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This building is in the Shetland Islands Council and the Lerwick Burgh. It is a category C building and was listed on 12/08/1996.

Group Items: N/A, Group Cat: N/A, Map Ref: HU 4751 4123.


Dated 1886. 2-storey and attic over concealed basement L-plan asymmetrical Scots Baronial corner tenement with shops at ground; 2 and 4-bay elevations to S and E respectively with additional chamfered and gabled corner bay to SE. Stugged squared and snecked sandstone ashlar walls, droved at arrises. Base course to E elevation, projecting cills at windows.

S (PRINCE ALFRED STREET) ELEVATION: 2-bay elevation with chamfered corner bay at right. Centre and left bay; partially obscured boarded windows at basement; 2-pane fixed-light square shop windows at ground, regular fenestration at 1st floor. Boarded entrance door at ground in corner bay, corniced cill to blind window at 1st floor bearing inscription "Carlton Place", corbel table stepped around lintel rising to steep chimney-gable breaking eaves with window in gablehead.

E (LOWER HILLHEAD) ELEVATION: 4-bay asymmetrical elevation; central door with flanking 2-pane fixed-light square shop windows at ground in bays to left of centre; regular fenestration at 1st floor. 2-leaf 4-panel timber tenement doors with plate glass fanlights at ground in bay to right of centre, bipartite window at 1st floor; nepus gable breaking eaves above with window in gablehead. Regular fenestration in bay to outer right.

4-pane timber sash and case windows surviving at 1st floor, some modern glazing to N end. Grey slate roof with cast-iron profiled gutters and downpipes with hoppers. Piend-roofed, slate-hung canted timber dormers with 4-pane timber sash and case windows and plate glass sidelights. Stugged and droved apex stacks with deep moulded copes and mainly octagonal cans. Ashlar skew copes with gabletted and bracketted skewputts.


This tenement, along with the neighbouring building at 1-3 Carlton Place (see separate listing) was probably designed by Alexander Campbell who came to Shetland as Clerk of Works for the Town Hall and became Burgh Surveyor. He was responsible for the similarly styled Brentham Place (see separate listing) and Browns Buildings. This is a building of great character that makes a strong contribution to the streetscape of the area.



© Crown copyright, Historic Scotland. All rights reserved. Mapping information derived from Ordnance Survey digital mapping products under Licence No. 100017509 2012 . Data extracted from Scottish Ministers' Statutory List on . Listing applies equally to the whole building or structure at the address set out in bold at the top of the list entry. This includes both the exterior and the interior, whether or not they are mentioned in the 'Information Supplementary to the Statutory List'. Listed building consent is required for all internal and external works affecting the character of the building. The local planning authority is responsible for determining where listed building consent will be required and can also advise on issues of extent or "curtilage" of the listing, which may cover items remote from the main subject of the listing such as boundary walls, gates, gatepiers, ancillary buildings etc. or interior fixtures. All category C(S) listings were revised to category C on 3rd September 2012. This was a non-statutory change. All enquiries relating to proposed works to a listed building or its setting should be addressed to the local planning authority in the first instance. All other enquiries should be addressed to: Listing & Designed Landscapes Team, Historic Scotland, Room G.51, Longmore House, Salisbury Place, EDINBURGH, EH9 1SH. Tel: +44 (0)131 668 8701 / 8705. Fax: +44 (0)131 668 8765. e-mail: hs.listing@scotland.gsi.gov.uk. Web: http://www.historic-scotland.gov.uk/historicandlistedbuildings.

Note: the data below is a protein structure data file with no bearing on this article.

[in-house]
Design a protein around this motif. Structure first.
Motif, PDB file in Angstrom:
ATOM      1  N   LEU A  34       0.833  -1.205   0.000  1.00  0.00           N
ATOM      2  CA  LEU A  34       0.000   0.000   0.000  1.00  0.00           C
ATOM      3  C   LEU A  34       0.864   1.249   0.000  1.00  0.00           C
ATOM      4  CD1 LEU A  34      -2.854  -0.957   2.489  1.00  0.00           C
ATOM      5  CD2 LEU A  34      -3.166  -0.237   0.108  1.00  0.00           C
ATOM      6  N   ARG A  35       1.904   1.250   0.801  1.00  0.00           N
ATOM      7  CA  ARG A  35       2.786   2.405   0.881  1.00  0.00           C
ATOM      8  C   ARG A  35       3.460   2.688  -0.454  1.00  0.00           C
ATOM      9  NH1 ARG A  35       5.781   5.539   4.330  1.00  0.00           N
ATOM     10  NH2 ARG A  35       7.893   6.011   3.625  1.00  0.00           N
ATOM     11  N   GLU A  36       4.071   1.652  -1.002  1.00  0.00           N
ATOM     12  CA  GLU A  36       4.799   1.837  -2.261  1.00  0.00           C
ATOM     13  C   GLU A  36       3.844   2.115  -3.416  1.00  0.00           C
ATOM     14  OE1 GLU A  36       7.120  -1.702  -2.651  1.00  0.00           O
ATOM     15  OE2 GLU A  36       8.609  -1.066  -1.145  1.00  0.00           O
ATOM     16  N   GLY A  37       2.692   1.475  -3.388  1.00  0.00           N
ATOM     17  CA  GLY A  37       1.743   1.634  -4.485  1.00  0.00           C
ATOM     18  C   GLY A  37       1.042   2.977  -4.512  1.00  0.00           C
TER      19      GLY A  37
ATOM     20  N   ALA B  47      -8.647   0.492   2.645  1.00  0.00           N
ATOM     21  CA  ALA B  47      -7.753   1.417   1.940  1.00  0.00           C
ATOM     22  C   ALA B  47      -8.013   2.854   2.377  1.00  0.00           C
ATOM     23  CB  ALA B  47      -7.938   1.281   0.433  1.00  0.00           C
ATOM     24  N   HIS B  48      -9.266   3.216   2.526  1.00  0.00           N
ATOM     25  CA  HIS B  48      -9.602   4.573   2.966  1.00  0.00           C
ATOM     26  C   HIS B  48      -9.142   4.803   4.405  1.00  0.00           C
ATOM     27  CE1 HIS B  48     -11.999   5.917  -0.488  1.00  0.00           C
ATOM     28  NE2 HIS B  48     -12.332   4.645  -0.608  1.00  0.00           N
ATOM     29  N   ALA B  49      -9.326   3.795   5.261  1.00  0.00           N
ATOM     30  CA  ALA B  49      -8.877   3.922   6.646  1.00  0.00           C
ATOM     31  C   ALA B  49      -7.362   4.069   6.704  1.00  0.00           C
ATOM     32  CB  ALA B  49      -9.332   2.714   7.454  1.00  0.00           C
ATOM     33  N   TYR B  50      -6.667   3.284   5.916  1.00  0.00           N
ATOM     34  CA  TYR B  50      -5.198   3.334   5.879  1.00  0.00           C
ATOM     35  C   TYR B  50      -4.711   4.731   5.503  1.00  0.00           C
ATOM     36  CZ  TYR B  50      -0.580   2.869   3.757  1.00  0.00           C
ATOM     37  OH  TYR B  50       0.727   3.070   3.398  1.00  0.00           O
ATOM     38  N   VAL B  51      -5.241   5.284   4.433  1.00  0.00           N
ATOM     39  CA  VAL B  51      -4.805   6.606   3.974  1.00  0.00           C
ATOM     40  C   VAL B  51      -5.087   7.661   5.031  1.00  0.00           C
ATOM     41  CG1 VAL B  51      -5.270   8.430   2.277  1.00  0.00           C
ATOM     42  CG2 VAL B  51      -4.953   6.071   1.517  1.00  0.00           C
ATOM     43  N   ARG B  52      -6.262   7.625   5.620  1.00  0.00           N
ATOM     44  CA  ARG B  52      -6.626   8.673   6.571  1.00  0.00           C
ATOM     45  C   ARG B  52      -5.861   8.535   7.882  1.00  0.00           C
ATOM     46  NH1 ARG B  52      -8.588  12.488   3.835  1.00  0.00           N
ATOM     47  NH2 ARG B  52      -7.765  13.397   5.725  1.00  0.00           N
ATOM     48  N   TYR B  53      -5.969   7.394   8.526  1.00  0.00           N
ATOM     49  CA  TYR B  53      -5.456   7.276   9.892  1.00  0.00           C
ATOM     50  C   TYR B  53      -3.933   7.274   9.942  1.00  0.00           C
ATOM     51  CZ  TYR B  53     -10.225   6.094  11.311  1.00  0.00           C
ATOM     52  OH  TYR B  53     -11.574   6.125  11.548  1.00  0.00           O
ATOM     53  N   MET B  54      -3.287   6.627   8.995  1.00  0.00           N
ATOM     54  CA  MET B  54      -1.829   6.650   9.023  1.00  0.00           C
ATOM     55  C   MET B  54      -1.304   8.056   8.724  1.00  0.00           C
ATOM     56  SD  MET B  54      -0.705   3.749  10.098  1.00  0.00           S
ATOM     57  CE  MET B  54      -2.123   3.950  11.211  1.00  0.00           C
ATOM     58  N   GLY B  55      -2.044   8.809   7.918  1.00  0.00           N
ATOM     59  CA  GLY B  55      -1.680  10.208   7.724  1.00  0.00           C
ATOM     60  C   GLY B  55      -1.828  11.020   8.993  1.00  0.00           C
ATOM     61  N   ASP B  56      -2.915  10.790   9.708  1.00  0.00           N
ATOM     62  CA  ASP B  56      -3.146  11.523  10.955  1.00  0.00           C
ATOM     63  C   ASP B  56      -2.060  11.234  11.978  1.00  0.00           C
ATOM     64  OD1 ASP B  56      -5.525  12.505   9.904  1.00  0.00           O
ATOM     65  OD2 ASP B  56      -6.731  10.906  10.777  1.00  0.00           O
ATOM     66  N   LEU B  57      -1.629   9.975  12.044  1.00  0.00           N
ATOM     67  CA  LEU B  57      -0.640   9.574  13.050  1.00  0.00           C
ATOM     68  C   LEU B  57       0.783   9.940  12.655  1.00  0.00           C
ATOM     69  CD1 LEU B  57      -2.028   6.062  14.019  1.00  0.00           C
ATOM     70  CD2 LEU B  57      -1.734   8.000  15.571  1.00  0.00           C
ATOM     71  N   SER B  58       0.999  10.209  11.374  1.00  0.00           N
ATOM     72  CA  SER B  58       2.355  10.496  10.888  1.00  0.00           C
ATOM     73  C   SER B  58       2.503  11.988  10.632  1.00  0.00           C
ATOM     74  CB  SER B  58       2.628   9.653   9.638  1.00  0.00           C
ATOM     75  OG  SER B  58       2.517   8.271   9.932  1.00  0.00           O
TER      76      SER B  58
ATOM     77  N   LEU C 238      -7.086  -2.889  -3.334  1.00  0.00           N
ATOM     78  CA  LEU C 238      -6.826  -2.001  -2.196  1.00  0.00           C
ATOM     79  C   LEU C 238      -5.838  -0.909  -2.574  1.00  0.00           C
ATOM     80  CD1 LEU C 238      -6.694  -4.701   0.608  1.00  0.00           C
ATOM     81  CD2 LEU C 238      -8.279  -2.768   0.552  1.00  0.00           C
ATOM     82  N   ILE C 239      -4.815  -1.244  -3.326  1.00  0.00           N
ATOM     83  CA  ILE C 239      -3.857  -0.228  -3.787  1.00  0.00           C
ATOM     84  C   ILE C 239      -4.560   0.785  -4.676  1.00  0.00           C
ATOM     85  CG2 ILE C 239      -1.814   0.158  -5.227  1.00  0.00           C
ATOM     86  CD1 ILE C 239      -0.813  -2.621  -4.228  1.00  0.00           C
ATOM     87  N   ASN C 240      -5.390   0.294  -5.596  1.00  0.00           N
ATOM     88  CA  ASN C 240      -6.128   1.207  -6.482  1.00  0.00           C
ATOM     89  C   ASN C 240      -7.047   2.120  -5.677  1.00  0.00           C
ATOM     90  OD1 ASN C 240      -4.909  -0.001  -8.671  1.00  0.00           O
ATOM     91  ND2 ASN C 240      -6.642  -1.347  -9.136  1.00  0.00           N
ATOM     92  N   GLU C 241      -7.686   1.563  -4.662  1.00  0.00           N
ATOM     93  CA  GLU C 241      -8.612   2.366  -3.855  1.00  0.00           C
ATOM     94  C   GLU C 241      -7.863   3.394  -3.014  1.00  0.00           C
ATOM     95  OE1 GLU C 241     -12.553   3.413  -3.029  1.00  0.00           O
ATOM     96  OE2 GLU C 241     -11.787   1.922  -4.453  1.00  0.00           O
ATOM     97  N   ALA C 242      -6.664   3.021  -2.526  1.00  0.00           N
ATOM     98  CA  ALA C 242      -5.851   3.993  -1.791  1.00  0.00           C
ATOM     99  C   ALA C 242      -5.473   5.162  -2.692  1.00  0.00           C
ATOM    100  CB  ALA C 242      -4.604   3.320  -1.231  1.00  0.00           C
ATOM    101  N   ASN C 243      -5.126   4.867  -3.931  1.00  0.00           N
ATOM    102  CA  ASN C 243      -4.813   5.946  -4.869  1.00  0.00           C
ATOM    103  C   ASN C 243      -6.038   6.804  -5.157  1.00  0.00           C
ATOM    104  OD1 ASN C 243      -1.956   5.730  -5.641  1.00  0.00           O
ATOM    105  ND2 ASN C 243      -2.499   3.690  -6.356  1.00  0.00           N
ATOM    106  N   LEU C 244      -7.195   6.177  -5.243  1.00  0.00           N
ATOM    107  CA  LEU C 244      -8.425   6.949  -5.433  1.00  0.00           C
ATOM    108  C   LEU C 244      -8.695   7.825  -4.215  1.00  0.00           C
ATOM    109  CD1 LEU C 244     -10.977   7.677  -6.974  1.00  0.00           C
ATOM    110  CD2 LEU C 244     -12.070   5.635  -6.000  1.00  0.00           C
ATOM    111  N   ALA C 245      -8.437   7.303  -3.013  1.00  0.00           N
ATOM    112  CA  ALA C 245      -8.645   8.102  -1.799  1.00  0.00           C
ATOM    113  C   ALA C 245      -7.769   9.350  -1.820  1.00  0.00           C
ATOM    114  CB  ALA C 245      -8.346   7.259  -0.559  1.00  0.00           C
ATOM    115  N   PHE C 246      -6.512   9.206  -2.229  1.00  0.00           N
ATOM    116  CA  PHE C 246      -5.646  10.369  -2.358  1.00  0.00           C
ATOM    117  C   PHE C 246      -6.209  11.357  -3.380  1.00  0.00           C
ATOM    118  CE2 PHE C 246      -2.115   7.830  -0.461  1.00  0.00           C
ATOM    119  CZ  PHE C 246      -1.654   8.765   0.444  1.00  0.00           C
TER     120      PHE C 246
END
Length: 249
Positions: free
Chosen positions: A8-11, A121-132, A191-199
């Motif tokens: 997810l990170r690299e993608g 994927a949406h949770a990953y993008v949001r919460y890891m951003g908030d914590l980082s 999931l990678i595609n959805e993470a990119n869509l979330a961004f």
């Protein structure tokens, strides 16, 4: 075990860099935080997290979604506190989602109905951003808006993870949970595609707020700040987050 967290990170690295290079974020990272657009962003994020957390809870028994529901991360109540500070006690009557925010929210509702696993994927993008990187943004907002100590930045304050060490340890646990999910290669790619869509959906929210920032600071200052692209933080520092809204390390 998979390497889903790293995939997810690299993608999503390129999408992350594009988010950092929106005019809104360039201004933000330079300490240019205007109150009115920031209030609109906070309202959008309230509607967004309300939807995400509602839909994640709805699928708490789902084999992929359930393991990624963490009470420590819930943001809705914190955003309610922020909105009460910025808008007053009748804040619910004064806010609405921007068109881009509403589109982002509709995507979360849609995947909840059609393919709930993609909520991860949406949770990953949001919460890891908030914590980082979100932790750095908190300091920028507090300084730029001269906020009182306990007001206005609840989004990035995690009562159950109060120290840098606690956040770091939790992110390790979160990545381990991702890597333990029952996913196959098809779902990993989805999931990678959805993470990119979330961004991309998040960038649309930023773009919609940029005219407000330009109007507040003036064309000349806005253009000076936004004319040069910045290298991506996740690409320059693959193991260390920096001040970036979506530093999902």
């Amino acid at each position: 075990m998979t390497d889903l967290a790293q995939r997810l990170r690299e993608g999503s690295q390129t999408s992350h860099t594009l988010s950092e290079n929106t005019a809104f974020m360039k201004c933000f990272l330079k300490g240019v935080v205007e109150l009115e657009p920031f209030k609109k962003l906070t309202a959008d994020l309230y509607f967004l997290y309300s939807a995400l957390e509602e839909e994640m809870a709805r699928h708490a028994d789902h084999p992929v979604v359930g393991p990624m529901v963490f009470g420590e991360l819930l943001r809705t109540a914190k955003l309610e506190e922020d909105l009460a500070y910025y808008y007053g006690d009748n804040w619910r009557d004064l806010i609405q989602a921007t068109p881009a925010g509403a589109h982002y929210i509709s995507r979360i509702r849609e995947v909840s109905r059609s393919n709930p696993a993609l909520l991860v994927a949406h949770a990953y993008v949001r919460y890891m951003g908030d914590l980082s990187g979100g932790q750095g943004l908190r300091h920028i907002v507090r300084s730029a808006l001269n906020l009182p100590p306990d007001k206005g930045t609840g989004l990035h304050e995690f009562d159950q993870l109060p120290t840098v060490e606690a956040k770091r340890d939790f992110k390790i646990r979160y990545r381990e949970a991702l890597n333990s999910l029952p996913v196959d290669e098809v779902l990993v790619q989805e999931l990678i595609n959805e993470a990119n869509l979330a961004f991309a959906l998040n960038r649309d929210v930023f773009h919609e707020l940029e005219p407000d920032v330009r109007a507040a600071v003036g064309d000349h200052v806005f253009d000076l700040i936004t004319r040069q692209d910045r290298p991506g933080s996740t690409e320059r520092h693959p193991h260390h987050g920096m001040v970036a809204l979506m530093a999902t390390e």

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Buildings are assigned to one of three categories according to their relative importance. All listed buildings receive equal legal protection, and protection applies equally to the interior and exterior of all listed buildings regardless of category.

ACategory A

Buildings of national or international importance, either architectural or historic, or fine little-altered examples of some particular period, style or building type. (Approximately 8% of the total).

BCategory B

Buildings of regional or more than local importance, or major examples of some particular period, style or building type which may have been altered. (Approximately 51% of the total).

C(S)Category C(S)

Buildings of local importance, lesser examples of any period, style, or building type, as originally constructed or moderately altered; and simple traditional buildings which group well with others in categories A and B. (Approximately 41% of the total).